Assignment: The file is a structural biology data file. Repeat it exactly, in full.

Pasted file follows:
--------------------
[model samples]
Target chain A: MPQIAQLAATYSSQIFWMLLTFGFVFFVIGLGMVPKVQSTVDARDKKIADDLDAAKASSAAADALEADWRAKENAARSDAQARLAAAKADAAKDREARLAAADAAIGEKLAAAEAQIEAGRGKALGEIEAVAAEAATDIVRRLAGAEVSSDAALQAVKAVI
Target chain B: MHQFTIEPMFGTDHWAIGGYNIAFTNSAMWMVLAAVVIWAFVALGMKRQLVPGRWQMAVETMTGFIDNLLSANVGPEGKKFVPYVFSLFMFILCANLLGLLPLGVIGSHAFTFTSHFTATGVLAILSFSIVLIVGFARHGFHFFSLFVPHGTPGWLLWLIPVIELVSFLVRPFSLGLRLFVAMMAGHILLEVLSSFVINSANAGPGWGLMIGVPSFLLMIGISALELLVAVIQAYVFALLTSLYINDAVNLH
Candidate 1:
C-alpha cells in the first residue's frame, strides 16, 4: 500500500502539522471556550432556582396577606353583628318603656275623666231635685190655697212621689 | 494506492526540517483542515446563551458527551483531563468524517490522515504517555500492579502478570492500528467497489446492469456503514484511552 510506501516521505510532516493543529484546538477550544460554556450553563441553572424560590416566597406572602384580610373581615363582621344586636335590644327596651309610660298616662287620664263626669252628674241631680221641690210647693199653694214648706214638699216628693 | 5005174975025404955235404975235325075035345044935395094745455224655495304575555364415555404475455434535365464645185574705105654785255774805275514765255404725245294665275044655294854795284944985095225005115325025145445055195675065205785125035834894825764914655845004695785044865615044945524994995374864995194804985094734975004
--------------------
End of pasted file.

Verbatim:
[model samples]
Target chain A: MPQIAQLAATYSSQIFWMLLTFGFVFFVIGLGMVPKVQSTVDARDKKIADDLDAAKASSAAADALEADWRAKENAARSDAQARLAAAKADAAKDREARLAAADAAIGEKLAAAEAQIEAGRGKALGEIEAVAAEAATDIVRRLAGAEVSSDAALQAVKAVI
Target chain B: MHQFTIEPMFGTDHWAIGGYNIAFTNSAMWMVLAAVVIWAFVALGMKRQLVPGRWQMAVETMTGFIDNLLSANVGPEGKKFVPYVFSLFMFILCANLLGLLPLGVIGSHAFTFTSHFTATGVLAILSFSIVLIVGFARHGFHFFSLFVPHGTPGWLLWLIPVIELVSFLVRPFSLGLRLFVAMMAGHILLEVLSSFVINSANAGPGWGLMIGVPSFLLMIGISALELLVAVIQAYVFALLTSLYINDAVNLH
Candidate 1:
C-alpha cells in the first residue's frame, strides 16, 4: 500500500502539522471556550432556582396577606353583628318603656275623666231635685190655697212621689 | 494506492526540517483542515446563551458527551483531563468524517490522515504517555500492579502478570492500528467497489446492469456503514484511552 510506501516521505510532516493543529484546538477550544460554556450553563441553572424560590416566597406572602384580610373581615363582621344586636335590644327596651309610660298616662287620664263626669252628674241631680221641690210647693199653694214648706214638699216628693 | 5005174975025404955235404975235325075035345044935395094745455224655495304575555364415555404475455434535365464645185574705105654785255774805275514765255404725245294665275044655294854795284944985095225005115325025145445055195675065205785125035834894825764914655845004695785044865615044945524994995374864995194804985094734975004